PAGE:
Not Much Grey Matter? You're Probably Immune to Pain

My husband thinks I'm a freak of nature and sometimes, I have to agree.  He can't believe my pain threshold, though I have to admit, the three tries (five attempts each) to jam my wristbone back into its socket (the first two times without morphine) did make me nauseous.

I'm a tank, he says, like my father, who drove himself to the hospital while having a heart attack.

But scientists are learning there's a little more to it than that.  A recent study found that that the brain’s structure is related to how intensely people perceive pain.  Turns out I have a lot of grey matter in my brain.

“We found that individual differences in the amount of grey matter in certain regions of the brain are related to how sensitive different people are to pain,” said Robert Coghill, Ph.D., professor of neurobiology and anatomy at Wake Forest Baptist and senior author of the study, at newswise.com.
The brain is made up of both grey and white matter. Grey matter processes information much like a computer, while white matter coordinates communications between the different regions of the brain. 
“Subjects with higher pain intensity ratings had less grey matter in brain regions that contribute to internal thoughts and control of attention,” the Web site quotes Nichole Emerson, B.S., a graduate student in the Coghill lab and first author of the study.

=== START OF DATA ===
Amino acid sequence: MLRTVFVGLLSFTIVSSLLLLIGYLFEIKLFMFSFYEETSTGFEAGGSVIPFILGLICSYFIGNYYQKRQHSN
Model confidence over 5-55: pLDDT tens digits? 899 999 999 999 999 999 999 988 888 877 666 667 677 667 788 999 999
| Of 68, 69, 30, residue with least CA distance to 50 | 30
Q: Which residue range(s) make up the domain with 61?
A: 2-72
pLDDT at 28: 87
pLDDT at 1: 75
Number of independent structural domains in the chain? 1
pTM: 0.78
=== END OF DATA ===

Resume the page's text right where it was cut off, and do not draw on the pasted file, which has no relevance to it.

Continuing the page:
These regions are a set of connected brain areas that are associated with the free-flowing thoughts that people have while they are daydreaming, newswise.com reports.
“Default mode activity may compete with brain activity that generates an experience of pain, such that individuals with high default mode activity would have reduced sensitivity to pain,” Coghill said. These areas in the brain play an important role in attention. Individuals who can best keep their attention focused may also be best at keeping pain under control, he added.
So, am I a freak or do I just focus really well? Not according to my husband, who is sick of trying to help me find my keys. But really, I've been through many surgeries in my life, after being diagnosed with cancer nine years ago, and what's the point of crying or carrying on?  I just grit my teeth and get through it.  Though I could have used the morphine on the first try.










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